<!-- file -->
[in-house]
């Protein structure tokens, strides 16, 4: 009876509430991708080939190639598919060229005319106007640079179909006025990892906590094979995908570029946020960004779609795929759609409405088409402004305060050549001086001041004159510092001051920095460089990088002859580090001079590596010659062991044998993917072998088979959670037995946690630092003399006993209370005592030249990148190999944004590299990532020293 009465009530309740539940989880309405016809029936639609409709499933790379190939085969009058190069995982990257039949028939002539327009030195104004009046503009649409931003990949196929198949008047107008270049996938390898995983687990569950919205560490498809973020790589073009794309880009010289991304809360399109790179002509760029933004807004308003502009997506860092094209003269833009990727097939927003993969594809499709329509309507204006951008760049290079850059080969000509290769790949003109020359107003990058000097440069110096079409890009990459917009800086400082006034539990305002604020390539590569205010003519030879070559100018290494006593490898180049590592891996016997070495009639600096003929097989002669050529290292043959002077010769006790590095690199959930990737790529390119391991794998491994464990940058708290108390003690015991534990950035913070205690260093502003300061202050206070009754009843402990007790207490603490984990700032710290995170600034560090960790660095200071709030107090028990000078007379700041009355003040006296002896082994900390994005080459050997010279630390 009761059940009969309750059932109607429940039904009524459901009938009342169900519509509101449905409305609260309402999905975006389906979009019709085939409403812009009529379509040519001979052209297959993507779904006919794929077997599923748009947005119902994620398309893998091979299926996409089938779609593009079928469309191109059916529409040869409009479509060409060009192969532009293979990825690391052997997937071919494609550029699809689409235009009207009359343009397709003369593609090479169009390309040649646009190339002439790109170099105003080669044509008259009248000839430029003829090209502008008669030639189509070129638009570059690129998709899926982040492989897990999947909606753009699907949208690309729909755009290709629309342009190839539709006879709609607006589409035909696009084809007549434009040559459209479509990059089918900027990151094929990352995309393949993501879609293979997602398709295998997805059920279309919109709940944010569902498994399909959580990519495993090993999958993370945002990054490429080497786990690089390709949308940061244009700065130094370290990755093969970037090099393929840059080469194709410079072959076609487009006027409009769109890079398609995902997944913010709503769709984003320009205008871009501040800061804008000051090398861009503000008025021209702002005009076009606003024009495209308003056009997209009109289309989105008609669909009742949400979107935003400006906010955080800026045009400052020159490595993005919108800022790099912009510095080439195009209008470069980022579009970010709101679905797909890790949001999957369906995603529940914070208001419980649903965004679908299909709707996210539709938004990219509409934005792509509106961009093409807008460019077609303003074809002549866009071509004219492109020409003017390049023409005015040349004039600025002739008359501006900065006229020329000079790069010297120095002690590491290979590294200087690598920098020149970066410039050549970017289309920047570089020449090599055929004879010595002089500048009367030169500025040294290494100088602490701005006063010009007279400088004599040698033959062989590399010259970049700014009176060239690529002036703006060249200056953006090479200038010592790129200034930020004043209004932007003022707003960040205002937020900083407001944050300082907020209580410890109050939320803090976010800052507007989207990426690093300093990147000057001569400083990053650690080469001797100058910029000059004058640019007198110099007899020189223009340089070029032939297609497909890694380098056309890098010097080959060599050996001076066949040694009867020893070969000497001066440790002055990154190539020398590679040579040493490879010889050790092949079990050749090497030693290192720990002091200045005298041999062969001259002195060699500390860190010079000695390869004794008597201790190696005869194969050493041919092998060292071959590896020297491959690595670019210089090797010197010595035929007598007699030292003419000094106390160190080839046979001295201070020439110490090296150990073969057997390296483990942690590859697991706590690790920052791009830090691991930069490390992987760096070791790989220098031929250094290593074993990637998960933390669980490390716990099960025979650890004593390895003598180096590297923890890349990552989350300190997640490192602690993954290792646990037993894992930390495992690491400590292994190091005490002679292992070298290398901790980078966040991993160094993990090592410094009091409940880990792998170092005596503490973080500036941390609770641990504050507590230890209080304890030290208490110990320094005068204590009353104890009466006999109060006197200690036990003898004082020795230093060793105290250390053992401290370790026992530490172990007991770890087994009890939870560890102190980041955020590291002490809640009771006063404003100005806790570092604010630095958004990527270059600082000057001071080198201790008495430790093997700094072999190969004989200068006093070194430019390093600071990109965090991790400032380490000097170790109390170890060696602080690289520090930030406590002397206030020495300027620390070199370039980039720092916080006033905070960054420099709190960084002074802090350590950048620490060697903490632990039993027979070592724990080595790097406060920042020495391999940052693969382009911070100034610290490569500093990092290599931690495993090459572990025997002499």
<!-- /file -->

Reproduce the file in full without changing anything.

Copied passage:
[in-house]
């Protein structure tokens, strides 16, 4: 009876509430991708080939190639598919060229005319106007640079179909006025990892906590094979995908570029946020960004779609795929759609409405088409402004305060050549001086001041004159510092001051920095460089990088002859580090001079590596010659062991044998993917072998088979959670037995946690630092003399006993209370005592030249990148190999944004590299990532020293 009465009530309740539940989880309405016809029936639609409709499933790379190939085969009058190069995982990257039949028939002539327009030195104004009046503009649409931003990949196929198949008047107008270049996938390898995983687990569950919205560490498809973020790589073009794309880009010289991304809360399109790179002509760029933004807004308003502009997506860092094209003269833009990727097939927003993969594809499709329509309507204006951008760049290079850059080969000509290769790949003109020359107003990058000097440069110096079409890009990459917009800086400082006034539990305002604020390539590569205010003519030879070559100018290494006593490898180049590592891996016997070495009639600096003929097989002669050529290292043959002077010769006790590095690199959930990737790529390119391991794998491994464990940058708290108390003690015991534990950035913070205690260093502003300061202050206070009754009843402990007790207490603490984990700032710290995170600034560090960790660095200071709030107090028990000078007379700041009355003040006296002896082994900390994005080459050997010279630390 009761059940009969309750059932109607429940039904009524459901009938009342169900519509509101449905409305609260309402999905975006389906979009019709085939409403812009009529379509040519001979052209297959993507779904006919794929077997599923748009947005119902994620398309893998091979299926996409089938779609593009079928469309191109059916529409040869409009479509060409060009192969532009293979990825690391052997997937071919494609550029699809689409235009009207009359343009397709003369593609090479169009390309040649646009190339002439790109170099105003080669044509008259009248000839430029003829090209502008008669030639189509070129638009570059690129998709899926982040492989897990999947909606753009699907949208690309729909755009290709629309342009190839539709006879709609607006589409035909696009084809007549434009040559459209479509990059089918900027990151094929990352995309393949993501879609293979997602398709295998997805059920279309919109709940944010569902498994399909959580990519495993090993999958993370945002990054490429080497786990690089390709949308940061244009700065130094370290990755093969970037090099393929840059080469194709410079072959076609487009006027409009769109890079398609995902997944913010709503769709984003320009205008871009501040800061804008000051090398861009503000008025021209702002005009076009606003024009495209308003056009997209009109289309989105008609669909009742949400979107935003400006906010955080800026045009400052020159490595993005919108800022790099912009510095080439195009209008470069980022579009970010709101679905797909890790949001999957369906995603529940914070208001419980649903965004679908299909709707996210539709938004990219509409934005792509509106961009093409807008460019077609303003074809002549866009071509004219492109020409003017390049023409005015040349004039600025002739008359501006900065006229020329000079790069010297120095002690590491290979590294200087690598920098020149970066410039050549970017289309920047570089020449090599055929004879010595002089500048009367030169500025040294290494100088602490701005006063010009007279400088004599040698033959062989590399010259970049700014009176060239690529002036703006060249200056953006090479200038010592790129200034930020004043209004932007003022707003960040205002937020900083407001944050300082907020209580410890109050939320803090976010800052507007989207990426690093300093990147000057001569400083990053650690080469001797100058910029000059004058640019007198110099007899020189223009340089070029032939297609497909890694380098056309890098010097080959060599050996001076066949040694009867020893070969000497001066440790002055990154190539020398590679040579040493490879010889050790092949079990050749090497030693290192720990002091200045005298041999062969001259002195060699500390860190010079000695390869004794008597201790190696005869194969050493041919092998060292071959590896020297491959690595670019210089090797010197010595035929007598007699030292003419000094106390160190080839046979001295201070020439110490090296150990073969057997390296483990942690590859697991706590690790920052791009830090691991930069490390992987760096070791790989220098031929250094290593074993990637998960933390669980490390716990099960025979650890004593390895003598180096590297923890890349990552989350300190997640490192602690993954290792646990037993894992930390495992690491400590292994190091005490002679292992070298290398901790980078966040991993160094993990090592410094009091409940880990792998170092005596503490973080500036941390609770641990504050507590230890209080304890030290208490110990320094005068204590009353104890009466006999109060006197200690036990003898004082020795230093060793105290250390053992401290370790026992530490172990007991770890087994009890939870560890102190980041955020590291002490809640009771006063404003100005806790570092604010630095958004990527270059600082000057001071080198201790008495430790093997700094072999190969004989200068006093070194430019390093600071990109965090991790400032380490000097170790109390170890060696602080690289520090930030406590002397206030020495300027620390070199370039980039720092916080006033905070960054420099709190960084002074802090350590950048620490060697903490632990039993027979070592724990080595790097406060920042020495391999940052693969382009911070100034610290490569500093990092290599931690495993090459572990025997002499």